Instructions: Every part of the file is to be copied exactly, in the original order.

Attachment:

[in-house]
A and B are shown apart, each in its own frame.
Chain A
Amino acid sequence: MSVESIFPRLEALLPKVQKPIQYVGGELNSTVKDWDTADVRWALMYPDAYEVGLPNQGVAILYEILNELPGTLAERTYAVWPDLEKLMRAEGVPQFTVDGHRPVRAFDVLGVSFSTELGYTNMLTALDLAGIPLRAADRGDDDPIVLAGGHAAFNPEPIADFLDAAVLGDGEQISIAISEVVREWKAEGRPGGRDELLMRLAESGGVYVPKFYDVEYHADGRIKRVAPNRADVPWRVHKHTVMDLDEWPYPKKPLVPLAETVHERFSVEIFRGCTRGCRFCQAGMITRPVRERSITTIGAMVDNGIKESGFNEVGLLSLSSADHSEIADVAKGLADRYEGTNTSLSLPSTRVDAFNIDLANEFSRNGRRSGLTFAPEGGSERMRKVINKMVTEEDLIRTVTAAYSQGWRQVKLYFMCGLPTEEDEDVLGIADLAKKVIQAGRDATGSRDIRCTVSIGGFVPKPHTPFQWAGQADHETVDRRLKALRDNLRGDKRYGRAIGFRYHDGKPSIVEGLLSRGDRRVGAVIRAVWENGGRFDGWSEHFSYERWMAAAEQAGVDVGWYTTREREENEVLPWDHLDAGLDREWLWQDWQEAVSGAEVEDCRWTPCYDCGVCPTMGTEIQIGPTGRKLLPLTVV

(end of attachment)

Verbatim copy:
[in-house]
A and B are shown apart, each in its own frame.
Chain A
Amino acid sequence: MSVESIFPRLEALLPKVQKPIQYVGGELNSTVKDWDTADVRWALMYPDAYEVGLPNQGVAILYEILNELPGTLAERTYAVWPDLEKLMRAEGVPQFTVDGHRPVRAFDVLGVSFSTELGYTNMLTALDLAGIPLRAADRGDDDPIVLAGGHAAFNPEPIADFLDAAVLGDGEQISIAISEVVREWKAEGRPGGRDELLMRLAESGGVYVPKFYDVEYHADGRIKRVAPNRADVPWRVHKHTVMDLDEWPYPKKPLVPLAETVHERFSVEIFRGCTRGCRFCQAGMITRPVRERSITTIGAMVDNGIKESGFNEVGLLSLSSADHSEIADVAKGLADRYEGTNTSLSLPSTRVDAFNIDLANEFSRNGRRSGLTFAPEGGSERMRKVINKMVTEEDLIRTVTAAYSQGWRQVKLYFMCGLPTEEDEDVLGIADLAKKVIQAGRDATGSRDIRCTVSIGGFVPKPHTPFQWAGQADHETVDRRLKALRDNLRGDKRYGRAIGFRYHDGKPSIVEGLLSRGDRRVGAVIRAVWENGGRFDGWSEHFSYERWMAAAEQAGVDVGWYTTREREENEVLPWDHLDAGLDREWLWQDWQEAVSGAEVEDCRWTPCYDCGVCPTMGTEIQIGPTGRKLLPLTVV